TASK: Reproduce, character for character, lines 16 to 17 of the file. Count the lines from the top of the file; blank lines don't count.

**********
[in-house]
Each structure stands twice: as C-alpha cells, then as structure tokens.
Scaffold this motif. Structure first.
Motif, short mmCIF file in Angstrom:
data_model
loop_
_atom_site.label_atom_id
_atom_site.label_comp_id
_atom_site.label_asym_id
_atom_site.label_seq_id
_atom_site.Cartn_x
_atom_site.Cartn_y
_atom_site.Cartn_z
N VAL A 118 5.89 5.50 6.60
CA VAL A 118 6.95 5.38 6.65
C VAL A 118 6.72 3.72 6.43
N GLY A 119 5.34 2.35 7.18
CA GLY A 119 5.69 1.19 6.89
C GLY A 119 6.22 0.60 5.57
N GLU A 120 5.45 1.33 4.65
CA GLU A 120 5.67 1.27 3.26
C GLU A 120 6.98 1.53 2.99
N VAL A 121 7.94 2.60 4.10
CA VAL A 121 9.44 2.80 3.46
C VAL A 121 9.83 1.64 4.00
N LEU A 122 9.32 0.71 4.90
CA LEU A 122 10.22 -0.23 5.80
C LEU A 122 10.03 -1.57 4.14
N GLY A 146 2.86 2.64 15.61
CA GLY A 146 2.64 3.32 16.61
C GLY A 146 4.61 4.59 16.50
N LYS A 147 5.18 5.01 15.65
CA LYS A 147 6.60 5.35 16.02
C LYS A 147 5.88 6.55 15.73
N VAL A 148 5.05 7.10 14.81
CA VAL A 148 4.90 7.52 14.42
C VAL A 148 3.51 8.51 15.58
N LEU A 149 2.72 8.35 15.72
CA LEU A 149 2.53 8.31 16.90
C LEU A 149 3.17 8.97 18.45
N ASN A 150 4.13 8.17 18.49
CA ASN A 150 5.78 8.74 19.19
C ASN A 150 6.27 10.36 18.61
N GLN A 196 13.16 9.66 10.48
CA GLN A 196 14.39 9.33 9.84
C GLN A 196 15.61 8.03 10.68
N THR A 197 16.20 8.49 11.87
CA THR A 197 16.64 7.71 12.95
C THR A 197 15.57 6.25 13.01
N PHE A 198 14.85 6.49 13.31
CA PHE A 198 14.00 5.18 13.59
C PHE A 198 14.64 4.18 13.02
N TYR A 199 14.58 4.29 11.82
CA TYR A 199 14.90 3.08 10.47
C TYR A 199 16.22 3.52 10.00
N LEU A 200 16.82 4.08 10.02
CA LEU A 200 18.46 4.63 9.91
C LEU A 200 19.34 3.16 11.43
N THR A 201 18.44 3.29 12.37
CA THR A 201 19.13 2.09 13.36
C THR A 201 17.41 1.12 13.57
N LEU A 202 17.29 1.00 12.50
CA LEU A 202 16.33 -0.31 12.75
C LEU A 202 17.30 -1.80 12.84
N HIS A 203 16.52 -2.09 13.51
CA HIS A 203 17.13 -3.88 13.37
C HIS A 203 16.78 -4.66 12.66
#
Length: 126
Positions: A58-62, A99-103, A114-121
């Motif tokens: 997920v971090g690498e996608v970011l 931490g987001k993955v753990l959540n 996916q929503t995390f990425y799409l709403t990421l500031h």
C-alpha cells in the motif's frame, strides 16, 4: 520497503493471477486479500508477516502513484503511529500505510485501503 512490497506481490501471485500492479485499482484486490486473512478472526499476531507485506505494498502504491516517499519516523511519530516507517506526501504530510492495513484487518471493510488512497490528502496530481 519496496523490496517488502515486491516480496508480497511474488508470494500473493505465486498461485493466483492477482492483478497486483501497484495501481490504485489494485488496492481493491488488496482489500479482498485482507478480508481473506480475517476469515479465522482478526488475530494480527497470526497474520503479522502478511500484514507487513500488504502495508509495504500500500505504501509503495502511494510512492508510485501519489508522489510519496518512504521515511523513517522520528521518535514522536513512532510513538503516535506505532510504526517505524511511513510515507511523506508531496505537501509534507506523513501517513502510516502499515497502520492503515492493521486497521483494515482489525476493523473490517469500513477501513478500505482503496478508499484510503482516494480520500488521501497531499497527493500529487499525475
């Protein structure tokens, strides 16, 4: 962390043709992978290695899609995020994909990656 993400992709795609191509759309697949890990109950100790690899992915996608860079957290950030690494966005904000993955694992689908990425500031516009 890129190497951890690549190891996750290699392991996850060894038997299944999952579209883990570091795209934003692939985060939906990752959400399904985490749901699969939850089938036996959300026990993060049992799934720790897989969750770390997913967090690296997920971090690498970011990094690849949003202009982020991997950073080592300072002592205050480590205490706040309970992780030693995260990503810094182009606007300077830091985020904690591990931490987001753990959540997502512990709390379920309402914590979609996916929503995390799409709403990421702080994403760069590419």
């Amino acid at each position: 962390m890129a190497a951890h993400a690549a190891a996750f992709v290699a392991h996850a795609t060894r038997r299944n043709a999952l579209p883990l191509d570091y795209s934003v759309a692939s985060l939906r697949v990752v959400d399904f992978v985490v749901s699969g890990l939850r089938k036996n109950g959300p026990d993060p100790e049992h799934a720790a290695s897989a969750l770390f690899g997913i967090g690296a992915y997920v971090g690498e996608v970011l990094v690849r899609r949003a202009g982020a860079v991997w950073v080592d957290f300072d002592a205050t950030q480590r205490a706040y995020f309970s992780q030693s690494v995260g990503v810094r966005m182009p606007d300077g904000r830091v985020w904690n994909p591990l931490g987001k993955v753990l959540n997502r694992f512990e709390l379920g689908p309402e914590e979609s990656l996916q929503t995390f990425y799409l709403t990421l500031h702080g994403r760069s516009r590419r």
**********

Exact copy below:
C VAL A 118 6.72 3.72 6.43
N GLY A 119 5.34 2.35 7.18